Lastly, accessroies, options. Those are things that add beauty and/or comfort. Grids can change a plane glass window into a showpiece. Special hardware does the same thing. Lo-E or other glass options can save on comfort, heating bills, and furniture from fading.

Catalog shopping for windows is not any different from catalog shopping for other things, but there may be more choices. A good sales person can help you select what is right for your situation. Big box stores are definitly not the right place to find that person.

charliebrown314 03-12-2009 09:16 AM

Quote:

Originally Posted by 4just1don (Post 243529)
Are you the same Charlie Brown that we BOTH cracked our football helmets,,,on a head-on people collision,,, back in the 60's???

Afraid not. I wasn't even around in the 60s!

charliebrown314 03-12-2009 09:18 AM

Quote:

Originally Posted by tomstruble (Post 243514)
if you want to keep the character of your old house

I should have clarified: the house is old (it's a converted barn/storage building), but it was converted to a residence sometime in the early 50s. The existing windows are casements flanking fixed centers.

charliebrown314 03-12-2009 09:24 AM

Quote:

Originally Posted by Just Bill (Post 243547)
I don't understand your problem, it is not that confusing, to me.

Bill, the part that confuses me is what in particular drives up the price. The people I've spoken to haven't clearly answered that question; they just say "let's check a particular configuration". Then we spend a bunch of time checking and get a number. I am sure that over time I will figure out what particular combinations of factors drive up the price (specifically in terms of mulling and combinations of windows), but I was wondering if someone with experience already knew exactly how it worked. For example, if someone said, "Single windows are cheapest, followed by stock combinations of stock windows mulled together, followed by custom combinations of stock windows mulled together, followed by custom windows." I would guess that there is a huge jump in price when you go to fully custom sizes (if they even do it), but I have heard differing reports on the jump in price when you go to custom combinations of stock windows. Some say it's a big jump, some say its small.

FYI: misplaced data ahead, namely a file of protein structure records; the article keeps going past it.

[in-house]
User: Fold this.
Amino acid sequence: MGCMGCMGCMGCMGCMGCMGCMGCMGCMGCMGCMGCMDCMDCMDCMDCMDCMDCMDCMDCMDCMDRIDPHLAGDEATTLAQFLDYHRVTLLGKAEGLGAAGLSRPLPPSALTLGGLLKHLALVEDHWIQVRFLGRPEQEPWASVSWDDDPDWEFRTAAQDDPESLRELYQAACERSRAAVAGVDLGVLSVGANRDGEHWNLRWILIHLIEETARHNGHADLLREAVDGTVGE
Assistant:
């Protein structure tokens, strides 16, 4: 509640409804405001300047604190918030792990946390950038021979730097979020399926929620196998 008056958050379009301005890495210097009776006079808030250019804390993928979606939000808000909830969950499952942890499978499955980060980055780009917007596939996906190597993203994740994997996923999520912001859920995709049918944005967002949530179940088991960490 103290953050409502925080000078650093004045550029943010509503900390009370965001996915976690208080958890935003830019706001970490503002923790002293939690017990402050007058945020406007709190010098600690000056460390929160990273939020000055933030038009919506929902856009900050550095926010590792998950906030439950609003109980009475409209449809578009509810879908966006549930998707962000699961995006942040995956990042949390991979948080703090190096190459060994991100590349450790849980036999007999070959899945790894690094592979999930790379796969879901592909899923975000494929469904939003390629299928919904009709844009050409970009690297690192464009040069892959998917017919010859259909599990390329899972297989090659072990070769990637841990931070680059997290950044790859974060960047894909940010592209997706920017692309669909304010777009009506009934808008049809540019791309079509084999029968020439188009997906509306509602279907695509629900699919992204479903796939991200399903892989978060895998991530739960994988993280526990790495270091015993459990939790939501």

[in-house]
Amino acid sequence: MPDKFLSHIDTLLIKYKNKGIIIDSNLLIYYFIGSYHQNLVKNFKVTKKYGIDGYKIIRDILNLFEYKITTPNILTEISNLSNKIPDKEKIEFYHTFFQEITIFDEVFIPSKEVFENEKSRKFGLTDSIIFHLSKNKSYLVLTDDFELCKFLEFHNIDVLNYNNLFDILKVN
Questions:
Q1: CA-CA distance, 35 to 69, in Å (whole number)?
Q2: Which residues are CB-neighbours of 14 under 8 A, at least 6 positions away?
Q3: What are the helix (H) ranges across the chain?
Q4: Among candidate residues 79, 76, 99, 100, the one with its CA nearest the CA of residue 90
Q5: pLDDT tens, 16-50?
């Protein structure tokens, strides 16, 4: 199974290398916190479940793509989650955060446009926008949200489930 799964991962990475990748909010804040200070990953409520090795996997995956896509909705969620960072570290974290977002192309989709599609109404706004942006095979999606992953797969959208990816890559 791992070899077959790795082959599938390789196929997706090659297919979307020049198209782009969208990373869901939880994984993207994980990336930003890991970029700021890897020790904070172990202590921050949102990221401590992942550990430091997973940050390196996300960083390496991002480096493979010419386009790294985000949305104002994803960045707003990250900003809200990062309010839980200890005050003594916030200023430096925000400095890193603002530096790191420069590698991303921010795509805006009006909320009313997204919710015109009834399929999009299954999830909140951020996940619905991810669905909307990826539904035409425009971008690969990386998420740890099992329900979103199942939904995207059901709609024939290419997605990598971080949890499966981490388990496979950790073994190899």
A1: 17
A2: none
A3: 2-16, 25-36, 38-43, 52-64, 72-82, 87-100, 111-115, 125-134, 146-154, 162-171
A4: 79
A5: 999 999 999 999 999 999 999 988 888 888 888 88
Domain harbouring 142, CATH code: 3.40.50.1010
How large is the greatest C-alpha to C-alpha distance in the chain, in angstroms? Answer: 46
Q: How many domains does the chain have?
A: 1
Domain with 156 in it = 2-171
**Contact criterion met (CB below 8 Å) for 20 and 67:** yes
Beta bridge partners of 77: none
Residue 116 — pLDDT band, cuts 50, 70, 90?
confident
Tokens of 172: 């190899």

In short: since the prices aren't immediately available, I'm trying to understand strategies for keeping the costs low through choosing the combinations carefully. Does that make sense?

Thanks for all responses!

Clutchcargo 03-12-2009 09:33 AM

Is mulling them together yourself an option. You could save a couple bucks. I bought an Andersen Bay and wasn't too impressed with the mulling of the window and it cost $600 to mull.

HomeSealed 03-12-2009 09:05 PM

I don't sell Anderson, but any time I order mulled units, it is the single price x's the # of units--no discount or upcharge......What you need to do is get the size of your openings, then contact Anderson and get it quoted in the exact size/configuartion that you want. You can ask them to also quote you on the closest stock sizes to see what the price difference will be. They do this type of thing all day everyday for contractors. Just have them fax or e-mail you the info. It is a lot easier then trying to use their catalog and call with part #'s etc.

EMILY P 03-12-2009 09:17 PM

Mr. Brown,